Just days after flip flopping on his support for the health care law, Gov. Charlie Crist (I-FL) had to clarify his stance on a federal amendment defining marriage as a union between a man and a woman. Crist has supported efforts to ban gay marriage in the past and on Sunday, when asked if he is “still in favor of a constitutional ban on same-sex marriage,” Crist signaled that he was:
HENRY: Another big issue, same-sex marriage. Many conservatives like Marco Rubio support a constitutional ban on same-sex marriage. But this week, the former Republican Party Chairman Ken Mehlman came out and said he’s gay and he called on conservatives to kind of move to the political center and be more tolerant on this issue. You have previously said in your gubernatorial campaign, you supported a constitutional ban on same-sex marriage. Now that you’re trying to occupy the political center, are you still in favor of a constitutional ban on same-sex marriage?
CRIST: I feel the same way, yes, because I feel that marriage is a sacred institution, if you will. But I do believe in tolerance. I’m a live and let live kind of guy, and while I feel that way about marriage, I think if partners want to have the opportunity to live together, I don’t have a problem with that. [...]
HENRY: But governor, doesn’t it sounds like you having it both ways by saying live and let live, but I also support a constitutional ban on same-sex marriage. If it’s live and let live, why would you ban same-sex marriage?
CRIST: Well, everything is in a matter of degree, Ed, and when it becomes to the institution of marriage, I believe that it is between a man and a woman, it’s just how I feel.
Hours later, Crist clarified his statement, saying that while does not support a constitutional amendment banning same-sex marriage, he still opposes same-sex marriage. “In an interview that aired today, I was not discussing an amendment to the U.S. Constitution banning same-sex marriage, which I do not support, but rather reaffirming my position regarding Florida’s constitutional ban that I articulated while running for Governor,” he said. “In fact, the interviewer’s question reflected just that. I am fully supportive of civil unions and will continue to be as a United States Senator, but believe marriage is a sacred institution between a man and a woman.”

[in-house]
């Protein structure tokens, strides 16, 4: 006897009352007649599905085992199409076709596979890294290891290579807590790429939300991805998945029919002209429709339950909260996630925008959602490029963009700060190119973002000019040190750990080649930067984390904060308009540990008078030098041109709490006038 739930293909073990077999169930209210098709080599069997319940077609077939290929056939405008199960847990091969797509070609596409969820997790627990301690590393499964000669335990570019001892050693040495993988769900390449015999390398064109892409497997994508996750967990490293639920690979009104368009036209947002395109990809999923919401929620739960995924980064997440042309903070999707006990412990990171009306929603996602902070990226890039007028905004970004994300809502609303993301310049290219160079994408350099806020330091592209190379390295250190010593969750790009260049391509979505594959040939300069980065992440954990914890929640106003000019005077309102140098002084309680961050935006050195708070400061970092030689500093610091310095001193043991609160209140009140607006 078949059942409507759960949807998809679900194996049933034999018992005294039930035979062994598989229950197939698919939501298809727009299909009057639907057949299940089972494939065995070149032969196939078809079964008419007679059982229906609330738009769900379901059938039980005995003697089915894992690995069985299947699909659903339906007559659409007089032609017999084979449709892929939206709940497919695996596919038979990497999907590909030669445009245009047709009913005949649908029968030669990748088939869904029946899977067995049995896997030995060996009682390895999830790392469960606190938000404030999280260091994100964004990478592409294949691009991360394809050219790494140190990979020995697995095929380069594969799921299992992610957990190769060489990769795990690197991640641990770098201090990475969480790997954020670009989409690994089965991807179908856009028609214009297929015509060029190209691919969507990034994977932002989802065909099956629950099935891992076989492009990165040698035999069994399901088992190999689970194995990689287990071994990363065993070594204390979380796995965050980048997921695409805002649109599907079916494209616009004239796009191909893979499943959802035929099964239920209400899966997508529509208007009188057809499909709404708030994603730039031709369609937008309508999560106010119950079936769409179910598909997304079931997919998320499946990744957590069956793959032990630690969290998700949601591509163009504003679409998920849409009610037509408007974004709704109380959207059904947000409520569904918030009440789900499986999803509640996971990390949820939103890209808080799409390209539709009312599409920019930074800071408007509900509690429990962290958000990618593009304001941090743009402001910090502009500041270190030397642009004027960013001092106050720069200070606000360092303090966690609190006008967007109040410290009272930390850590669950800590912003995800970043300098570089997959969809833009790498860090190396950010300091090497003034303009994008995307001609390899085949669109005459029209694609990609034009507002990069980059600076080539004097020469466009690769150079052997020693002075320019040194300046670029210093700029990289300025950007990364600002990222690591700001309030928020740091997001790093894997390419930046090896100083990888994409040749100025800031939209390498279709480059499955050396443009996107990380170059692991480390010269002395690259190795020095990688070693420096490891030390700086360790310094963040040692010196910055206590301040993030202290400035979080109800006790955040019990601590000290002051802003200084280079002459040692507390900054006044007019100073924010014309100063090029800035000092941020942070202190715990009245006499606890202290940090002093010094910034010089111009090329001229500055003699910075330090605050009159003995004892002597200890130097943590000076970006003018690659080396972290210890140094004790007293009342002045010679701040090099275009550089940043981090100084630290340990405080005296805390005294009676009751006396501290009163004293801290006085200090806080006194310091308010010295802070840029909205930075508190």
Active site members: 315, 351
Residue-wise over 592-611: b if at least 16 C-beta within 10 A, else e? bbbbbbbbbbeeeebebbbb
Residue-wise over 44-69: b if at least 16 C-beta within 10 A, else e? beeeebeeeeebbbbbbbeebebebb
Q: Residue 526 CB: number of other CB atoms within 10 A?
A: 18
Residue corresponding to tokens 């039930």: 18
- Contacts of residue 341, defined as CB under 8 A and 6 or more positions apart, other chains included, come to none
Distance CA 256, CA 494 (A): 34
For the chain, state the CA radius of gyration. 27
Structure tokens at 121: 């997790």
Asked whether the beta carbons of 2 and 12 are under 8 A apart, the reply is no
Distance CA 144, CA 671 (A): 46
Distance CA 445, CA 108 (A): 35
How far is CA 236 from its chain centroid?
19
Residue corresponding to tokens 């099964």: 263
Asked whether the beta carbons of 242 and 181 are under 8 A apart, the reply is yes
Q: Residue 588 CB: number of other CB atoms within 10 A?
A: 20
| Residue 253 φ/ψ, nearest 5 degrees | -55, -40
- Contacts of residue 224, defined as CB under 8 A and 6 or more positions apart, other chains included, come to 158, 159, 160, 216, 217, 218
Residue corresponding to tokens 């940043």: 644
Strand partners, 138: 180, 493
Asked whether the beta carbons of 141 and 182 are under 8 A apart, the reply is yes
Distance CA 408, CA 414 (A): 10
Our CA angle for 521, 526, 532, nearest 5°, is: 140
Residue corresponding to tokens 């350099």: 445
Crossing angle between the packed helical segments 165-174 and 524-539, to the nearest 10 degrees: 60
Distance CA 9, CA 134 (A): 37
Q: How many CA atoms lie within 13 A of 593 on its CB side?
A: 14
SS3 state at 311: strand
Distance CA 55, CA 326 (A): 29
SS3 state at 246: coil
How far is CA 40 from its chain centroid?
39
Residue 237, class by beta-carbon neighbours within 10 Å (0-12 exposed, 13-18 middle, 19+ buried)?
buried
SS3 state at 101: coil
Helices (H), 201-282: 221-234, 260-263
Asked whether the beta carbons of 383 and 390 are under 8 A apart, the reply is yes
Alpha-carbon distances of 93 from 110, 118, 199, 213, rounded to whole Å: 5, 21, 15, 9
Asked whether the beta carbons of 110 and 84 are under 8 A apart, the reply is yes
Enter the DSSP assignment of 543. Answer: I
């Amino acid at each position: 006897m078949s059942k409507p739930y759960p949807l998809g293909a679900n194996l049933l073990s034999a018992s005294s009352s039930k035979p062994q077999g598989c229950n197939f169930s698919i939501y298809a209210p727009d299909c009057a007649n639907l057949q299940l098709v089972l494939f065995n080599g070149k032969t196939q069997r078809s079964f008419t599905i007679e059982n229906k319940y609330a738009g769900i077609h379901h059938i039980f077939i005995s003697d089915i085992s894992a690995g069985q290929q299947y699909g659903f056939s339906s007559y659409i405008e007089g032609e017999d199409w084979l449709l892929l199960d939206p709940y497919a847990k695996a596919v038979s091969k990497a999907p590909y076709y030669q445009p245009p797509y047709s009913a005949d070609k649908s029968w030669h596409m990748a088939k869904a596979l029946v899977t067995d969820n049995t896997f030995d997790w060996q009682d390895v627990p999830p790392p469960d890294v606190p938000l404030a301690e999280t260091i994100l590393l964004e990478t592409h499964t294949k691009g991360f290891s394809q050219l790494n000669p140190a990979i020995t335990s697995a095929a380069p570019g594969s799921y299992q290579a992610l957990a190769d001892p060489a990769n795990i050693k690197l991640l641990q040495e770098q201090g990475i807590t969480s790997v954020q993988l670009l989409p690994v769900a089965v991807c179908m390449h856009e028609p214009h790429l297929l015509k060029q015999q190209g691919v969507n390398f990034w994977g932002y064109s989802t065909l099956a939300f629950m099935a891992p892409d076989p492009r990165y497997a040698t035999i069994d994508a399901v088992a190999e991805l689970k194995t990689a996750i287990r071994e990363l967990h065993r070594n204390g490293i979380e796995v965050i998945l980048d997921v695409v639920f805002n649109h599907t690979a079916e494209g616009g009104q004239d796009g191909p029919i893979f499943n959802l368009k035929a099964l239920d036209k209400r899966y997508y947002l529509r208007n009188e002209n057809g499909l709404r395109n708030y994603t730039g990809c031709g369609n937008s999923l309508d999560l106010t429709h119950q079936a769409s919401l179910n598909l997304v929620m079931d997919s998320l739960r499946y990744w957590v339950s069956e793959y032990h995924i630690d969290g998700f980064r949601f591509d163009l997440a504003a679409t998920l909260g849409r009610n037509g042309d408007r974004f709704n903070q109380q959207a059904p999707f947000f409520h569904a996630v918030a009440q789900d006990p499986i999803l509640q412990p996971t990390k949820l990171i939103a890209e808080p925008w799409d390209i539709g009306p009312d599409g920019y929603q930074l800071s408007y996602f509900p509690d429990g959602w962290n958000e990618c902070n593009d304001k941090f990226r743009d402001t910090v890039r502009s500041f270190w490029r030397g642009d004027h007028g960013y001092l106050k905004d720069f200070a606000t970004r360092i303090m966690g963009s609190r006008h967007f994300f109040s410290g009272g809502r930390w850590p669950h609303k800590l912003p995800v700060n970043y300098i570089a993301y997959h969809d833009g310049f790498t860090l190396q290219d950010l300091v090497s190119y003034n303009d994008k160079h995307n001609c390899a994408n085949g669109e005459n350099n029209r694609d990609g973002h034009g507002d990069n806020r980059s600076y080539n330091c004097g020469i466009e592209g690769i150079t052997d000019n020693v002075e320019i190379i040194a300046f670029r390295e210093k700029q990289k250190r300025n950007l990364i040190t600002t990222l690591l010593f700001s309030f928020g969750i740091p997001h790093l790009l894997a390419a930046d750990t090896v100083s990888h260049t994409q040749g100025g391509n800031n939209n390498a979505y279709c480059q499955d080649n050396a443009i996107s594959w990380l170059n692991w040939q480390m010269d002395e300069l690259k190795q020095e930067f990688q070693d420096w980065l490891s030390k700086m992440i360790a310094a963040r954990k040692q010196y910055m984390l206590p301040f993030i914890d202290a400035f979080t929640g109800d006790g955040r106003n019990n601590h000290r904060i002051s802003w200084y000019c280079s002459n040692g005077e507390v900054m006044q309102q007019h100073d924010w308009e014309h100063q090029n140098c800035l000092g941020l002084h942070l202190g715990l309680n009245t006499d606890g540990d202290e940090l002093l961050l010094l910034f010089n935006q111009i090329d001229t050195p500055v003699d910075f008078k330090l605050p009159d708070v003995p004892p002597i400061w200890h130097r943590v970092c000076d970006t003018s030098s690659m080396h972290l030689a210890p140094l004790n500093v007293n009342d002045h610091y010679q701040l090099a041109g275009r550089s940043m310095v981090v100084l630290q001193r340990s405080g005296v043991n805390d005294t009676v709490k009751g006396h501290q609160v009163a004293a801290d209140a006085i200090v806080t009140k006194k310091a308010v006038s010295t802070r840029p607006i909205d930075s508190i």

This isn’t the first time Crist has changed his position on LGBT issues. As a Republican, governor and senatorial candidate Charlie Crist supported the Don’t Ask, Don’t Tell (DADT) policy, but as an independent, he now supports its repeal. Crist has also supported efforts to ban gay marriage in Florida, but has said that civil unions between gays are “fine.” In 2007, however, he asked the Republican party to stop spending money promoting “a constitutional ban on same-sex marriage in Florida” even after he signed a petition “to place an amendment prohibiting same-sex marriage on the 2008 election ballot.” “When asked if he supported civil rights on the basis of sexual orientation, Crist said ‘no.’”
On July 28, 2006, Crist told a radio show that he “haven’t taken a position yet” on the right of gays to adopt, but only days after — in an interview by the Florida Baptist Witness — “Crist answered ‘no’ to repealing the ban on gays’ adopting.”